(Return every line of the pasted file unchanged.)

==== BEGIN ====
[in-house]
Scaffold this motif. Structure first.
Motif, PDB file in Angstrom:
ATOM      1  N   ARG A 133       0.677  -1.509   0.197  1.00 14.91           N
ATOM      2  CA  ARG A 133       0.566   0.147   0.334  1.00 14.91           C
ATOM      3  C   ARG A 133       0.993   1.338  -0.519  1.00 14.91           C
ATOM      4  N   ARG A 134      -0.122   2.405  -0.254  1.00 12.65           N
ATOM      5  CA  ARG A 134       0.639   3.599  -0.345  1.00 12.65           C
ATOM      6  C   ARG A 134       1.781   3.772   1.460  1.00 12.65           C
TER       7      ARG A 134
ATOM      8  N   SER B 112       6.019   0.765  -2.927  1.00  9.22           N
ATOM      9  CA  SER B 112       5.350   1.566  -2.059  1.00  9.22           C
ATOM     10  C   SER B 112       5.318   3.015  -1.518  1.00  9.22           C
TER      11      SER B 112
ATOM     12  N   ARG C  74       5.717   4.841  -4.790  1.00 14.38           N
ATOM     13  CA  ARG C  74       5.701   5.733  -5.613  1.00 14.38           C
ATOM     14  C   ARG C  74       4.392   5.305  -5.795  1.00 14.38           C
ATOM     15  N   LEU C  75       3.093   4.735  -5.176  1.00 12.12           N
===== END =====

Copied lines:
[in-house]
Scaffold this motif. Structure first.
Motif, PDB file in Angstrom:
ATOM      1  N   ARG A 133       0.677  -1.509   0.197  1.00 14.91           N
ATOM      2  CA  ARG A 133       0.566   0.147   0.334  1.00 14.91           C
ATOM      3  C   ARG A 133       0.993   1.338  -0.519  1.00 14.91           C
ATOM      4  N   ARG A 134      -0.122   2.405  -0.254  1.00 12.65           N
ATOM      5  CA  ARG A 134       0.639   3.599  -0.345  1.00 12.65           C
ATOM      6  C   ARG A 134       1.781   3.772   1.460  1.00 12.65           C
TER       7      ARG A 134
ATOM      8  N   SER B 112       6.019   0.765  -2.927  1.00  9.22           N
ATOM      9  CA  SER B 112       5.350   1.566  -2.059  1.00  9.22           C
ATOM     10  C   SER B 112       5.318   3.015  -1.518  1.00  9.22           C
TER      11      SER B 112
ATOM     12  N   ARG C  74       5.717   4.841  -4.790  1.00 14.38           N
ATOM     13  CA  ARG C  74       5.701   5.733  -5.613  1.00 14.38           C
ATOM     14  C   ARG C  74       4.392   5.305  -5.795  1.00 14.38           C
ATOM     15  N   LEU C  75       3.093   4.735  -5.176  1.00 12.12           N